• Hervé Télémaque at the Centre Pompidou, from 25 February to 18 May 2015.
Jusepe de Ribera, St Peter and St Paul, c. 1616, oil on canvas, 126 x 112 cm, Strasbourg, musée des Beaux-Arts © Photo : Musées de Strasbourg, Mathieu Bertola
News about Ribera when young
STRASBOURG - In 1606, a young prodigal Spanish, fifteen year-old boy, Ribera, appeared in Rome, just at the time when the most steamy artist of the moment, Caravaggio, fled the city in precipitation, leaving a deep mark. Those young years of Ribera were not as well known as his triumph in Naples, where he settled at the age of twenty five. Recent research has allowed though to determine he is the author of certain works attributed until now to the mysterious Master of Salomon's Judgement. The exhibition shows in detail these research works by presenting purchases by the Louvre between 2012-2013 (Saint John the Evangelist) and works from the museum of Fine Arts of Rennes (Saint Jude Thaddée), regarding an apostolado cycle, or half-body figures of apostles.
• Ribera à Rome, autour du premier Apostolado at the musée des Beaux-Arts, from 28 February to 31 May 2015.
The Sultan's cup
PARIS – This young auction house held its first sale in May 2014, and is held by two thirty year olds -Lucie Eléonore Riveron and Cédric Melado former specialists Piasa and Tajan. Their aim is to refresh the image of auction houses by holding sales in the evening –at 7 p.m. -, placing a wine bar right next door, and presenting exhibitions in a manicured manner for three weeks, quite a change from the regulatory day and a half at Drouot. Their themes are rather widely spanned and this sale is no exception, with paintings from the Greek school, furniture from the XXth century avant garde, polychrome Christs and even pompous Parisian XIXth century “art pompier“. One piece object sticks out of the lot: the bowl of Osman III (1754-1757). While Diogenes had thrown his cup away when he saw a young boy quench his thirst by simply using his hands, the Sultan had no intention of doing the same. And he never did. No wonder: it was made in Vincennes porcelain, with a refined floral decoration on a celestial blue background and gold chiseled lines. It was offered to banker Michel Zarifi, to thank him for his support, by another Sultan, Abdulhamid II, who would go down in history as the perpetrator of the first massacres of Armenians in 1894-96, the dress rehearsal of the genocide that will soon be commemorated a century later.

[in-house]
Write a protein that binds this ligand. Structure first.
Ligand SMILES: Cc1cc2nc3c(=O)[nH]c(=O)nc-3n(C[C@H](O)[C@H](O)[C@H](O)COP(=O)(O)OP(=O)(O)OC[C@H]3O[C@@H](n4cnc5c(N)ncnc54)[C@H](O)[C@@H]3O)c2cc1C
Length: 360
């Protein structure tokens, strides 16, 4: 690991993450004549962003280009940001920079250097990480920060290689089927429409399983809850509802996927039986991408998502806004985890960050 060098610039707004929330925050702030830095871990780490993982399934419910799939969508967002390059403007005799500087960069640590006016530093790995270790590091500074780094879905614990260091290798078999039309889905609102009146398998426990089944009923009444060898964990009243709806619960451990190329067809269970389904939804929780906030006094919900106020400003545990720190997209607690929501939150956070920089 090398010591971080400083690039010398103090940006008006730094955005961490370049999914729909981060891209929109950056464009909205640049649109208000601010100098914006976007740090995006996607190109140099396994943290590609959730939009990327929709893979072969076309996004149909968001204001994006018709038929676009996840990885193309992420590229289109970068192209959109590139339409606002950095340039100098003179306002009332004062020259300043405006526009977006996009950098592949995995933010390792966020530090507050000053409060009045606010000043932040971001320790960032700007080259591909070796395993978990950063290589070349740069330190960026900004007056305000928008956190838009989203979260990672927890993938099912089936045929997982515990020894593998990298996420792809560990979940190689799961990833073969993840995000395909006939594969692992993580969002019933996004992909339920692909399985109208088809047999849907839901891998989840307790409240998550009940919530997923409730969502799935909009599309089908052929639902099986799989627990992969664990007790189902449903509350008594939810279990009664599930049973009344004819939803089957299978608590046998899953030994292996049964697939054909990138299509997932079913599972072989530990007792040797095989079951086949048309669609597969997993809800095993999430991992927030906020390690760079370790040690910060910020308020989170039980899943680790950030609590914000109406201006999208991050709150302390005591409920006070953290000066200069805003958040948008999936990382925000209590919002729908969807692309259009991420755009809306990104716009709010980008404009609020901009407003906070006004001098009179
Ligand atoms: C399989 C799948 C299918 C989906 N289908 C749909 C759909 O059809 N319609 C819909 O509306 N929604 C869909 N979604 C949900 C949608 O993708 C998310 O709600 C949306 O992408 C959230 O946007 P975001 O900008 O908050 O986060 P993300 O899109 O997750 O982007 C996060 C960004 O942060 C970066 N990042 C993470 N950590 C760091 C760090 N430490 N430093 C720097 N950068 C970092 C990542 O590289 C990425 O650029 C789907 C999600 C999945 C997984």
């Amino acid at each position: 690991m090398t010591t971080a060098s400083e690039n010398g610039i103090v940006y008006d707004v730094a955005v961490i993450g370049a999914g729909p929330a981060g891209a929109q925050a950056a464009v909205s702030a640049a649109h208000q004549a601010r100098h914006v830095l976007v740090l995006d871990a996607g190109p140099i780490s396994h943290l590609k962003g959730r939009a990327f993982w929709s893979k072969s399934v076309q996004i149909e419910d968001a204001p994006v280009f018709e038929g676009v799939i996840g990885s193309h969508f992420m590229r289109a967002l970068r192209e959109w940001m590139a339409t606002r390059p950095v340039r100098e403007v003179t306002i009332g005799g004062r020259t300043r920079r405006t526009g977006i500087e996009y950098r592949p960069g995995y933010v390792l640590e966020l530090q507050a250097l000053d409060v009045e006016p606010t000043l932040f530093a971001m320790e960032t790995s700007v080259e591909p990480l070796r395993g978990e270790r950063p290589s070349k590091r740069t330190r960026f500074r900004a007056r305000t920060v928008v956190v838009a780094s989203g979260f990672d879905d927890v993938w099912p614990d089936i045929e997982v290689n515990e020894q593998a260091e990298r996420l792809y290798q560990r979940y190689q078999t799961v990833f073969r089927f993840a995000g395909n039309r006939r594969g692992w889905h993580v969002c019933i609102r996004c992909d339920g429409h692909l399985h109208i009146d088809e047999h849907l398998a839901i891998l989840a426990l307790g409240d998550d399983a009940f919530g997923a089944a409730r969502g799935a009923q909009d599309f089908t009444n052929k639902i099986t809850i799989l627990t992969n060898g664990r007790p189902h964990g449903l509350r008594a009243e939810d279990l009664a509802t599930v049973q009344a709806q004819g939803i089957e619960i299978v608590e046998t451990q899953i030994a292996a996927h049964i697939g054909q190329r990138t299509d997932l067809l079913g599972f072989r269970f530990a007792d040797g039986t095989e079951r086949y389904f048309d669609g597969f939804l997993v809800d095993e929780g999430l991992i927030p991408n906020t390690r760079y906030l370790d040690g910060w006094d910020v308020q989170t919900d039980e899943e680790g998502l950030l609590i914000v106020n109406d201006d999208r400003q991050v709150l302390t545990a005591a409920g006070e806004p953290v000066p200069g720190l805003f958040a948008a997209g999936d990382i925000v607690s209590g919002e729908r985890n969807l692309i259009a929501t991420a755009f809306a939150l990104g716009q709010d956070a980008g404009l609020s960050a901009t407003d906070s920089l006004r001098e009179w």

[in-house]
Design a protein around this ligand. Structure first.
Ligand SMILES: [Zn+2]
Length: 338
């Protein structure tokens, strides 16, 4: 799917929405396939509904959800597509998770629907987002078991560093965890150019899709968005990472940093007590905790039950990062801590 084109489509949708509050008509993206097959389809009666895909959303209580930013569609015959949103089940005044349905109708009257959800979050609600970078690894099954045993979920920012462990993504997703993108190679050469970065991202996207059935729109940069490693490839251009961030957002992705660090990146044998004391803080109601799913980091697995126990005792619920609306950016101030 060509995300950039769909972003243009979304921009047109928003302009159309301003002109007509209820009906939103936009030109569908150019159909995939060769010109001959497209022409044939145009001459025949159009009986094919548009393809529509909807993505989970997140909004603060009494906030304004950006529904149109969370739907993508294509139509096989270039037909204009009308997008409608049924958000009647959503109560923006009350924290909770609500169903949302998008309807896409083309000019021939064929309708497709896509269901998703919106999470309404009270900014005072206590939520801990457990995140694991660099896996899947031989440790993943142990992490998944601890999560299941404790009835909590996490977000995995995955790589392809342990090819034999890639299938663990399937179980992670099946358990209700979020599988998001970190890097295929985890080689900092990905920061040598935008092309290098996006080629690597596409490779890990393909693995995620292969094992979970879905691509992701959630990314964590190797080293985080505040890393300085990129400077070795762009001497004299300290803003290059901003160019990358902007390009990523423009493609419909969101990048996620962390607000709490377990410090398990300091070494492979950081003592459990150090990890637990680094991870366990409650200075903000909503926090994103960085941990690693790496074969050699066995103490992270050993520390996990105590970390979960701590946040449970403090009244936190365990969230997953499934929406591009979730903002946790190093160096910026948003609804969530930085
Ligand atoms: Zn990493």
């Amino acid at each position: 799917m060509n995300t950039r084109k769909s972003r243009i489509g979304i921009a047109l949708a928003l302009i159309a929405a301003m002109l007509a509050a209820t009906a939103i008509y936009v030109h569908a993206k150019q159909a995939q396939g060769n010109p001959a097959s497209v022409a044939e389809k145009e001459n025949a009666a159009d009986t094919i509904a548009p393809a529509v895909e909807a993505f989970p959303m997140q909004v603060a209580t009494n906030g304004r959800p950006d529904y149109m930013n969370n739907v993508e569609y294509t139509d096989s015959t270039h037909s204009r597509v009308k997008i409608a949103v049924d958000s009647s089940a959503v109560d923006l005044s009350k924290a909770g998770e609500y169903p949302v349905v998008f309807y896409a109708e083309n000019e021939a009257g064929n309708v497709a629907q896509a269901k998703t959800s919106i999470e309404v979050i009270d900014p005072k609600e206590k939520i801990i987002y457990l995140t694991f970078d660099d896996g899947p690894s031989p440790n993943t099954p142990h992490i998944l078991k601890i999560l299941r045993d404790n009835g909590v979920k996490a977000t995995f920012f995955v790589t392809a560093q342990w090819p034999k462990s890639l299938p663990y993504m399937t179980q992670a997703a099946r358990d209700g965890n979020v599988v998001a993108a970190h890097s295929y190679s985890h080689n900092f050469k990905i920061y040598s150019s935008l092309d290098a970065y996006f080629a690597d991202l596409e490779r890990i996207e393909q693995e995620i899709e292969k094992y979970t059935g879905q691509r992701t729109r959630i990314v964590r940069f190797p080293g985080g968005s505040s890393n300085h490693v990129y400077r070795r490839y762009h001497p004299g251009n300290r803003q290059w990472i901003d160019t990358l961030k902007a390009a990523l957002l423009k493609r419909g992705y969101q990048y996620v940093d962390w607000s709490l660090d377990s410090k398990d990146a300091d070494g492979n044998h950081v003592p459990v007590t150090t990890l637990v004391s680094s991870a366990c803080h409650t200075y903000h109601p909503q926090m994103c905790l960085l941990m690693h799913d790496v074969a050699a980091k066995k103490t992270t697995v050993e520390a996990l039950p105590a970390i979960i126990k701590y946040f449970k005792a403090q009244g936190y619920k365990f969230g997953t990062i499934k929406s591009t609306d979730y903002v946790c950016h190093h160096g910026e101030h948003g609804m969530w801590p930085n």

• Quelles histoires, 2 March 2015 at FauveParis.
Le Corbusier, an assessment
At the end of August 1965, a man drowned off the beach of Roquebrune. He was none less than Le Corbusier, one of the most influential and controversial architects of the century. Born in 1887, he worked at the Behrens firm, was associated to his cousin Jeanneret, and worked at La Chaux-de-Fonds, his native town, then in Paris where he built apartments and villas and the pavilion of the Esprit nouveau at the World Expo in 1925 before becoming a world figure after World War II. He built the habitat unit in Marseille as well as in Berlin, the Phillips pavilion at Expo 58 in Brussels, government buildings in Pendjab at Chandigarh. Throughout his life he doubled his building activity with a theoretical side (the Charter of Athens, the Modulor), as well as with important written works (letters and diaries) and drawings. This large volume explores a real continent, in depth, through a very rich iconography (that requires very good eyesight).
• Le Corbusier le Grand, by Jean-Louis Cohen, Phaidon, 848 p., €45.
OPENINGS OF THE WEEK
27 February 2015 - MONTROUGE - Le Beffroi
A collective exhibition on contemporary textile art